Feit and colleagues first reported on percutaneous transcatheter tricuspid balloon valvuloplasty in 1986 . Rana and colleagues reviewed case reports of this type of transcatheter intervention, excluding the native tricuspid valve, that were published in journals from 1980 through 2017 . In their review of 15 articles, 19 cases were identified and in 18 of these 19 cases (95%), the authors reported a successful reduction of the transvalvular pressure gradient. The mean pre-procedural pressure gradient was 12 mmHg and the post-procedural gradient improved to an average mean residual of 7 mmHg. There were no major procedure-related adverse events reported. In most cases, underlying cardiac disease was involved, such as rheumatic fever or infectious endocarditis. Wren and colleagues reported on a congenital heart disease case involving a minor-age patient . No one reported on a case of adult congenital heart disease.
It remains unclear how long a bioprosthetic tricuspid valvuloplasty is effective. In general, the durability of a prosthetic valve in the aortic or mitral position is thought to be 10 or 20 years . The durability of a prosthesis in the tricuspid position is less-known. A mechanical valve in the tricuspid position is known to be at a 20-times higher risk for valve thrombosis than in the aortic or mitral position . When our patient undergoes a third bioprosthetic valve replacement, he will still need more valve replacement surgeries in the future. A balloon valvuloplasty is less invasive and can be repeatedly used as a palliative option, which may reduce the total number of valve replacement and sternotomy procedures. As a final point, the transcatheter implantation of a valve-in-valve for a failed tricuspid bioprosthesis might prove to be an appropriate option for highly select patients . However durability remains unknown. To the best of our knowledge, this is the first case report of a percutaneous transacatheter balloon valvuloplasty for bioprosthetic tricuspid valve stenosis in a patient with adult congenital heart disease.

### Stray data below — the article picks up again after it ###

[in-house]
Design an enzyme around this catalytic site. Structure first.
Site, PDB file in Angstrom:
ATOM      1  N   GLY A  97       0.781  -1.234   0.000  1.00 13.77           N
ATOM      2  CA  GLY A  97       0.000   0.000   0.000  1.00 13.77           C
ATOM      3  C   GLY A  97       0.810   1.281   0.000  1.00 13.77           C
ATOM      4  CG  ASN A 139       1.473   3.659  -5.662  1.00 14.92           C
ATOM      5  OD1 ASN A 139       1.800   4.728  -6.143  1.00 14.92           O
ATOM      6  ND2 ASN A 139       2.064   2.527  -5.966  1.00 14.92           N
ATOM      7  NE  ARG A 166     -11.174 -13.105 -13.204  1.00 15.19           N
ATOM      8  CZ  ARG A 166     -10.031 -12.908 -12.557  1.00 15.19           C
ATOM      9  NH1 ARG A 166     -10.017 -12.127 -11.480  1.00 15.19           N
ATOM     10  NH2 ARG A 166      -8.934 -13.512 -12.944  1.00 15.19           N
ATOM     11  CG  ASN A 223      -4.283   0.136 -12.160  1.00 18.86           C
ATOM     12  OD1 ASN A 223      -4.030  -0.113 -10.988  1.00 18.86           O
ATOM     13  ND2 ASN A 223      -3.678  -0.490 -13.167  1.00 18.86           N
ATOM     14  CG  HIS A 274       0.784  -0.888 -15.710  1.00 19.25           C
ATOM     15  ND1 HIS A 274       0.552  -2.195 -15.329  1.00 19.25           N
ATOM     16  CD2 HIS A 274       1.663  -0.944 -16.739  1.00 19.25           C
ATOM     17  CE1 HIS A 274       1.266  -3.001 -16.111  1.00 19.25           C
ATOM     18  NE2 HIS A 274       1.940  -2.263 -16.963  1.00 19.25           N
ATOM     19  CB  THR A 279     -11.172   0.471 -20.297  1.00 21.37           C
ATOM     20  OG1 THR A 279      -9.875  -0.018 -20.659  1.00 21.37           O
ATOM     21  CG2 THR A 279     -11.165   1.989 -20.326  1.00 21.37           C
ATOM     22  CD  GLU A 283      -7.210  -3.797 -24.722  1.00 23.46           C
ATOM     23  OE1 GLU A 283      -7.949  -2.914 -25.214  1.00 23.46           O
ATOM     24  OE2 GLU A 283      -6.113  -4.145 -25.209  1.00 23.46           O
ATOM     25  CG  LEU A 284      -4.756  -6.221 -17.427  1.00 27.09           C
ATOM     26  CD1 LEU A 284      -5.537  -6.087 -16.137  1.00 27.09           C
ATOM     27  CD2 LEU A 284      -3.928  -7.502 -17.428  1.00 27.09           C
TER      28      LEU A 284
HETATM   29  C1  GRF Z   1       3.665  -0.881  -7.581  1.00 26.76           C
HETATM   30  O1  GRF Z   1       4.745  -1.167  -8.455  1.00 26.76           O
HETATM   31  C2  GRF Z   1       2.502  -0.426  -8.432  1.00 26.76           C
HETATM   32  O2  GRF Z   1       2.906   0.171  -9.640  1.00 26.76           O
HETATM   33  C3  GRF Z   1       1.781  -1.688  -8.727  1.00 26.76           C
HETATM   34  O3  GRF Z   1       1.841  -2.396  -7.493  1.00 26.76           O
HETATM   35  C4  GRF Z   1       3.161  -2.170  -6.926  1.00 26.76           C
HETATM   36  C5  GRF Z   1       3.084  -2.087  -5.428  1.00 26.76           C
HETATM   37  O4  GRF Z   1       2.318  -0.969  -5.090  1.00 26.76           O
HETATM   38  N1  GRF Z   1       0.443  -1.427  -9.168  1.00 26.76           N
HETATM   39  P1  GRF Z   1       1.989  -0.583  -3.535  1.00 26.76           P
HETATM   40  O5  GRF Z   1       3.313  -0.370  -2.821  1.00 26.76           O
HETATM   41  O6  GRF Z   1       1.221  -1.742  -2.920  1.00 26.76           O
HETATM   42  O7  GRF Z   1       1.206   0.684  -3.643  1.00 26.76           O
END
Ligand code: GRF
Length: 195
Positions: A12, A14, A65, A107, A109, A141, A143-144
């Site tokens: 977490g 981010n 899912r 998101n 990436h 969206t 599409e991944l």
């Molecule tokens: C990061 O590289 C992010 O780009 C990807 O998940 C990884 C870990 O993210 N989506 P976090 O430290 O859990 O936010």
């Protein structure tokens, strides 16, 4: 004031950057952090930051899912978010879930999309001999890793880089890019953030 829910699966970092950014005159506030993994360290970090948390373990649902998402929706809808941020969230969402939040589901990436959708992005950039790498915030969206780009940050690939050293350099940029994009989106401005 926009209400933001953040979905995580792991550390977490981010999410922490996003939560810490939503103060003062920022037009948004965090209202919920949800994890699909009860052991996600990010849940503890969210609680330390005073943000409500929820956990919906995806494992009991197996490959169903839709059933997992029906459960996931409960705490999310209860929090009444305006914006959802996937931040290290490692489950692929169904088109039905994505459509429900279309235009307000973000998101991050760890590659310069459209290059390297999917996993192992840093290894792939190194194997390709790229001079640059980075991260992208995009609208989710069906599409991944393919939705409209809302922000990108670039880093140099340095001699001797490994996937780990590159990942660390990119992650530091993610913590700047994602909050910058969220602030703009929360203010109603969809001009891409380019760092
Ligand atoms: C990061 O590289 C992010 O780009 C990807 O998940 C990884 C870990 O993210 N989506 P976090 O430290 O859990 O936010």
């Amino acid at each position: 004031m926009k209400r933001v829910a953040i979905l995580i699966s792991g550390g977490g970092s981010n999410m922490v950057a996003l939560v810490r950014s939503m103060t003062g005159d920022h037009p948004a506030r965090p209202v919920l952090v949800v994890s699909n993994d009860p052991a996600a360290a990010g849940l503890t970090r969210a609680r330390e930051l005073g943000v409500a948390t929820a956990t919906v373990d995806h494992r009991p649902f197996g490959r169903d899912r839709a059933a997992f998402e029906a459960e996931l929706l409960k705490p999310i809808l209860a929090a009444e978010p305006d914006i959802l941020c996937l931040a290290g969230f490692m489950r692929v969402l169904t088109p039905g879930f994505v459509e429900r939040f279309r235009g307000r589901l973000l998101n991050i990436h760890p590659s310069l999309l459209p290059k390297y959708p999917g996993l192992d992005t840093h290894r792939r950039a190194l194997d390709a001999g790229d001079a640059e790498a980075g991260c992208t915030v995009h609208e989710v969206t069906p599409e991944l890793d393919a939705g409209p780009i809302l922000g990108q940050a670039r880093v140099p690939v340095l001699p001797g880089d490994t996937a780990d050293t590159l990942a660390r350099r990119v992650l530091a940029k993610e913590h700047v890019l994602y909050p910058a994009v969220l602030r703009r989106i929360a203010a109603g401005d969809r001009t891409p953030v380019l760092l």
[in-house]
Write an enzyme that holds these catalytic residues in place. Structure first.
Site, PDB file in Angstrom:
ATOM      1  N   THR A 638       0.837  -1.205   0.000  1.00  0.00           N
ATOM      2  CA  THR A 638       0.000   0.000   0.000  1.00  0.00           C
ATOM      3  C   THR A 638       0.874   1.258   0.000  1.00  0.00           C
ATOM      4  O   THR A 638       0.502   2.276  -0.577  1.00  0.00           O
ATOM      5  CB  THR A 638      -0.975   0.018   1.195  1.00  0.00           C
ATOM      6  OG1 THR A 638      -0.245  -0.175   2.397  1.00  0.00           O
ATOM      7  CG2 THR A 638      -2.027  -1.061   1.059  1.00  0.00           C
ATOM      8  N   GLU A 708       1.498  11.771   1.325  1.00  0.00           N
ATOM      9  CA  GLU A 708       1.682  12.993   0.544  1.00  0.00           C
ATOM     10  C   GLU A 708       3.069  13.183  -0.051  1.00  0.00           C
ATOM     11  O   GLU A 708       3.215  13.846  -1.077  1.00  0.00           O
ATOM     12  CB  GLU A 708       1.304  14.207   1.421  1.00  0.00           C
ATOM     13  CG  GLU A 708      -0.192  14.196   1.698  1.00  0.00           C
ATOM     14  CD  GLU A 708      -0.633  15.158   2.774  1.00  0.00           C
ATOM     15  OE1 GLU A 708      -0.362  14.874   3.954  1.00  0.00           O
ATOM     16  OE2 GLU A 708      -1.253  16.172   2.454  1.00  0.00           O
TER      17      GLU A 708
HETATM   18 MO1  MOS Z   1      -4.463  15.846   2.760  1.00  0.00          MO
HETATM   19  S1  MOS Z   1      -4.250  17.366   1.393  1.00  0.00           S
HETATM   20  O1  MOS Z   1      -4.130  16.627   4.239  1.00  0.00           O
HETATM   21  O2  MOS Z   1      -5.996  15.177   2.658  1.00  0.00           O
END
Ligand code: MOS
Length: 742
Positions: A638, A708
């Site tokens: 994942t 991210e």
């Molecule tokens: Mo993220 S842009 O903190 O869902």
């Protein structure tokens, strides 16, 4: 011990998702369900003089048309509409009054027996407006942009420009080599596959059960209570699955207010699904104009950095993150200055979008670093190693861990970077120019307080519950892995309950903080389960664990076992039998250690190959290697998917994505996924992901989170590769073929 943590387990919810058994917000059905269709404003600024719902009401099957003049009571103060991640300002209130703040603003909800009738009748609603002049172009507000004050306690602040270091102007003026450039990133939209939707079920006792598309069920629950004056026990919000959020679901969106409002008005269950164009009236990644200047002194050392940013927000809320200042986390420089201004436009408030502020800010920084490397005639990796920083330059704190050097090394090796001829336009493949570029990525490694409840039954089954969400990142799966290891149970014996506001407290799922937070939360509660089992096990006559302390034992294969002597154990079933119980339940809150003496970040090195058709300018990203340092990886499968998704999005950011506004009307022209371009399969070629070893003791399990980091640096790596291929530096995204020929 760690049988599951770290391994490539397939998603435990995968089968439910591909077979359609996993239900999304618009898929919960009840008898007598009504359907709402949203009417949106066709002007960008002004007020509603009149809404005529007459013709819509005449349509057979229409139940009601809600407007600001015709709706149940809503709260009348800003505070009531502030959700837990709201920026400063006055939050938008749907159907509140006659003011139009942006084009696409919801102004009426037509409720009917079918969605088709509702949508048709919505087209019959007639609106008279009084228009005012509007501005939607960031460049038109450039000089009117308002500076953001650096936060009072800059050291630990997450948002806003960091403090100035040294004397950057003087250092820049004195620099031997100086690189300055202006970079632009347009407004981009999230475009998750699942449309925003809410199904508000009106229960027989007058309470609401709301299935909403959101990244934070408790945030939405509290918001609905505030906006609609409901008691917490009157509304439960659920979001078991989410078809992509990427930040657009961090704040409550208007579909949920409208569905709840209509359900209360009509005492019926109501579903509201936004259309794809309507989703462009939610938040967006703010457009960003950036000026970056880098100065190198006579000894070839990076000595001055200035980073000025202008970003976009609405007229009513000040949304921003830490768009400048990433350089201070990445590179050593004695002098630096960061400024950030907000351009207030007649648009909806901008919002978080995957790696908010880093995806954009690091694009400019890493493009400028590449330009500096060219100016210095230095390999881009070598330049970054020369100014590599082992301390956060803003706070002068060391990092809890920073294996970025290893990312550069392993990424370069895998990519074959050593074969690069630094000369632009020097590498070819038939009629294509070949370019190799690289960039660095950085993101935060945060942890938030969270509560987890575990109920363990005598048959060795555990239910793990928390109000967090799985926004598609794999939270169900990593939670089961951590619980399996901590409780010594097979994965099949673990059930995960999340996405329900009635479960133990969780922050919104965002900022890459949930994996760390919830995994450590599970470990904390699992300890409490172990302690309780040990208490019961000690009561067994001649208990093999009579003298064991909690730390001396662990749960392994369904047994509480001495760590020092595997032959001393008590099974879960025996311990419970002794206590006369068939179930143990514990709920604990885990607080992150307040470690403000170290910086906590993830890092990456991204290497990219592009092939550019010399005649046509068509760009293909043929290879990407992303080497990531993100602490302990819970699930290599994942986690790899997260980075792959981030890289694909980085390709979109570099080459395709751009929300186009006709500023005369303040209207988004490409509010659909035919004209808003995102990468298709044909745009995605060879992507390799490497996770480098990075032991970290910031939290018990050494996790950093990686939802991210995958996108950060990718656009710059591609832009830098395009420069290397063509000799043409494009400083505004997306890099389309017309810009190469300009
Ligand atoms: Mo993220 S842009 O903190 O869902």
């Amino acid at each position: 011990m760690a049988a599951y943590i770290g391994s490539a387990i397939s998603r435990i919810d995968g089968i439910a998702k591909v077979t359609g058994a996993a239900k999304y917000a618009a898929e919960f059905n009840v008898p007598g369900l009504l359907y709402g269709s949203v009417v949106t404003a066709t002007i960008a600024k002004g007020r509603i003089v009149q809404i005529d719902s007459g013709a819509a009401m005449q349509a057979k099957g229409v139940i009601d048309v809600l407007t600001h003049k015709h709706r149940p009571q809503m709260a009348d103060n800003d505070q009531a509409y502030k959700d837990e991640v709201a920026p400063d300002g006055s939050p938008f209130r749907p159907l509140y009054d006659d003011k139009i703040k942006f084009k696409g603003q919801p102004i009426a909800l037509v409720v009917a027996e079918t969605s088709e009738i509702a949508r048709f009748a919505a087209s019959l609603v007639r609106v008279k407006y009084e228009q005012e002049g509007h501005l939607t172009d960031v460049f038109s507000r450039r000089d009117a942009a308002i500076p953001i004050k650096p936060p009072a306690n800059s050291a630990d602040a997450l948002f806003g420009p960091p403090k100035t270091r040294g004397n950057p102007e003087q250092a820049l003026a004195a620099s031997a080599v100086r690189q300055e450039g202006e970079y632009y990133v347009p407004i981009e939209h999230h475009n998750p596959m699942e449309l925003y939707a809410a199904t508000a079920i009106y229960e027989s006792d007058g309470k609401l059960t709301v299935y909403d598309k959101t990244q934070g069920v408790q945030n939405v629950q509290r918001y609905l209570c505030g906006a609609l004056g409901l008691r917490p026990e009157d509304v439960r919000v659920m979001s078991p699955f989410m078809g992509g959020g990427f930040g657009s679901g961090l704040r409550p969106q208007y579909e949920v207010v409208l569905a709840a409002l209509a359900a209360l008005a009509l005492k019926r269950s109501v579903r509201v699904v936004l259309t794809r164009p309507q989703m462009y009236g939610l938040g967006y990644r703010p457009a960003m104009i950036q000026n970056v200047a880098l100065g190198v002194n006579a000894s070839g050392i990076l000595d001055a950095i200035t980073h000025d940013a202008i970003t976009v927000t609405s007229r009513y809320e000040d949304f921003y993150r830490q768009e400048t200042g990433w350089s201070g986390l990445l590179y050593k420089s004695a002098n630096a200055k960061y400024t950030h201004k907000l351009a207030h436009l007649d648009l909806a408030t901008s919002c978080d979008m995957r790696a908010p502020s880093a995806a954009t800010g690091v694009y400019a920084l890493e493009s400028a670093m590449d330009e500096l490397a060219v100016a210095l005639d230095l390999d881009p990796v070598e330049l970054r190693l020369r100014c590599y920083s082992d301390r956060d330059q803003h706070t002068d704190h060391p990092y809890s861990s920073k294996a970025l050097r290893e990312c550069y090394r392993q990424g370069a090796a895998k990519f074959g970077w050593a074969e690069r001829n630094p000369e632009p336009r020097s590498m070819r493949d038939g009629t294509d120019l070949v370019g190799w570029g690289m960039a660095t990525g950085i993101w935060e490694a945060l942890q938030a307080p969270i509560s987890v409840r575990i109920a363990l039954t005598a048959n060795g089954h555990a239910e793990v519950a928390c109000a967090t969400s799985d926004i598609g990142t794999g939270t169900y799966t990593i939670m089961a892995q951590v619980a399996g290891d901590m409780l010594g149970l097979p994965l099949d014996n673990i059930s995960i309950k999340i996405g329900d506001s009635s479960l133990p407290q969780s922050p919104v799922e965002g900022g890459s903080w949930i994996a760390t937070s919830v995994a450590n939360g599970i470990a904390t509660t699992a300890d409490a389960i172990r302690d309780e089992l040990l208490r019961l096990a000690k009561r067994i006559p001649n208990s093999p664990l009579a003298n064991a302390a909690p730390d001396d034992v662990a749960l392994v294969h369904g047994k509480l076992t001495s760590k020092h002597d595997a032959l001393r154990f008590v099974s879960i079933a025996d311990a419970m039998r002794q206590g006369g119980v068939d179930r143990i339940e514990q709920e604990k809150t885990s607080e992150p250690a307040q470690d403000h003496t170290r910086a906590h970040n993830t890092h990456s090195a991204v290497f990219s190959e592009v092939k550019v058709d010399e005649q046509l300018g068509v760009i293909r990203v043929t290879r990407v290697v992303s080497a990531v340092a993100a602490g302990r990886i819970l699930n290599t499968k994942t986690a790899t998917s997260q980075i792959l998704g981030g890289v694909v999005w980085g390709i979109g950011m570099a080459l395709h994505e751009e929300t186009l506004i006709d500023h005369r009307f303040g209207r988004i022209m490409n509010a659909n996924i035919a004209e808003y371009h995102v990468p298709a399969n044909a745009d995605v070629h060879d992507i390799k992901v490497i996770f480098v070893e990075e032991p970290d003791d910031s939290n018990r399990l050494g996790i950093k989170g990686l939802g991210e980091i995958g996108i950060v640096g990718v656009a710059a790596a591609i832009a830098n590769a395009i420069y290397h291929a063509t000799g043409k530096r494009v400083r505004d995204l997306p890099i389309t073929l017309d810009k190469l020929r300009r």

A percutaneous transcatheter tricuspid balloon valvuloplasty can be an alternative option to surgical tricuspid valve replacement, especially in high-risk patients. Certain patients with adult congenital heart disease will be suitable for this procedure.
This report received no specific grant from any funding agency, commercial or not-for-profit entity.
The authors have no conflict of interest to disclose.
The patient provided informed consent for publication.
The authors have no conflicts of interest to disclose.